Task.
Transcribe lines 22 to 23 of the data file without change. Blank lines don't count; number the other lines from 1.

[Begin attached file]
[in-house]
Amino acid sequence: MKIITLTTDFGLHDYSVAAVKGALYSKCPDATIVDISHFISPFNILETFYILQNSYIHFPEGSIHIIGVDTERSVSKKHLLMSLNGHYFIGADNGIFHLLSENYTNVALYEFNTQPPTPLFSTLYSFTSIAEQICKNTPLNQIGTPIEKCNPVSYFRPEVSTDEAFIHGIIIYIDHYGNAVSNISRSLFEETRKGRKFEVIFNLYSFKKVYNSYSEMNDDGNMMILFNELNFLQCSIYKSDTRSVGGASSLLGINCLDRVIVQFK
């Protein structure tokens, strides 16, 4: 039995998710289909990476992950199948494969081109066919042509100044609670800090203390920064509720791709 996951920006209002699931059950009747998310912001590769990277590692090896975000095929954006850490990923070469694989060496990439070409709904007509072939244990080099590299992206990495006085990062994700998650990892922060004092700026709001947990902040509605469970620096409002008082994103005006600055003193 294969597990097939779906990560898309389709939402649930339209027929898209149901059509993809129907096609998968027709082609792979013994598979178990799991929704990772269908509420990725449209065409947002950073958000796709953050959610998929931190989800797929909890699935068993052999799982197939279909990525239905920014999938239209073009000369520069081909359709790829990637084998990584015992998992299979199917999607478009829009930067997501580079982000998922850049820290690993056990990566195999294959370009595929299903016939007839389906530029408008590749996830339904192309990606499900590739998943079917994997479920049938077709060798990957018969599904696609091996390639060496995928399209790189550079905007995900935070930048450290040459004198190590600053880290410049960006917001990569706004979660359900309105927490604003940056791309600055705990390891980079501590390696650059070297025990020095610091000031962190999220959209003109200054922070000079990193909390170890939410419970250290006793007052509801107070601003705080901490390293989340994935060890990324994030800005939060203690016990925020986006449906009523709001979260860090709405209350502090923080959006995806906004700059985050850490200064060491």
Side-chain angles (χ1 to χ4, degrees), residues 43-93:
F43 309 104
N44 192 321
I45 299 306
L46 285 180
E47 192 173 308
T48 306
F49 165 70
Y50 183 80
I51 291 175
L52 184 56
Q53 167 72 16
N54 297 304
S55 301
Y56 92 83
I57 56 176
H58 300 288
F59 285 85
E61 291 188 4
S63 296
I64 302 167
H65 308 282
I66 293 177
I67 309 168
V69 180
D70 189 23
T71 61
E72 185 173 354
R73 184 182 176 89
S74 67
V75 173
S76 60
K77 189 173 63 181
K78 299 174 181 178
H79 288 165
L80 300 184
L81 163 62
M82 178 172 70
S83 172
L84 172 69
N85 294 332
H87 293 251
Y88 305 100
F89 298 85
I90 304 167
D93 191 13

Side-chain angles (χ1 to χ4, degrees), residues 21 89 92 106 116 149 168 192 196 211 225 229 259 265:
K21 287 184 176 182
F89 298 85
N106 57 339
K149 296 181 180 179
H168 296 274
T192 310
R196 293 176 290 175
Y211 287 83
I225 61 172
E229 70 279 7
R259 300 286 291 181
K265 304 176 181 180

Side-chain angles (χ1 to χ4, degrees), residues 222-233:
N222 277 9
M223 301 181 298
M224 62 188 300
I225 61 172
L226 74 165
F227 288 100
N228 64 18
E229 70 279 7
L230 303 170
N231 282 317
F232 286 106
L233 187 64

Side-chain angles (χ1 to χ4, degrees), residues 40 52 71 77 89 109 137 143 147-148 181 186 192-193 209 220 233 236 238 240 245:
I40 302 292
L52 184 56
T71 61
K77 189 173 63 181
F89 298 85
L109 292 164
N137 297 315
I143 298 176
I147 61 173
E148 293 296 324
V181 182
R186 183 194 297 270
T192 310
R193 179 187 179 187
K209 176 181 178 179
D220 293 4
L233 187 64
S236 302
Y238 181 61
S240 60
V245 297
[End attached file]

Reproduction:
E61 291 188 4
S63 296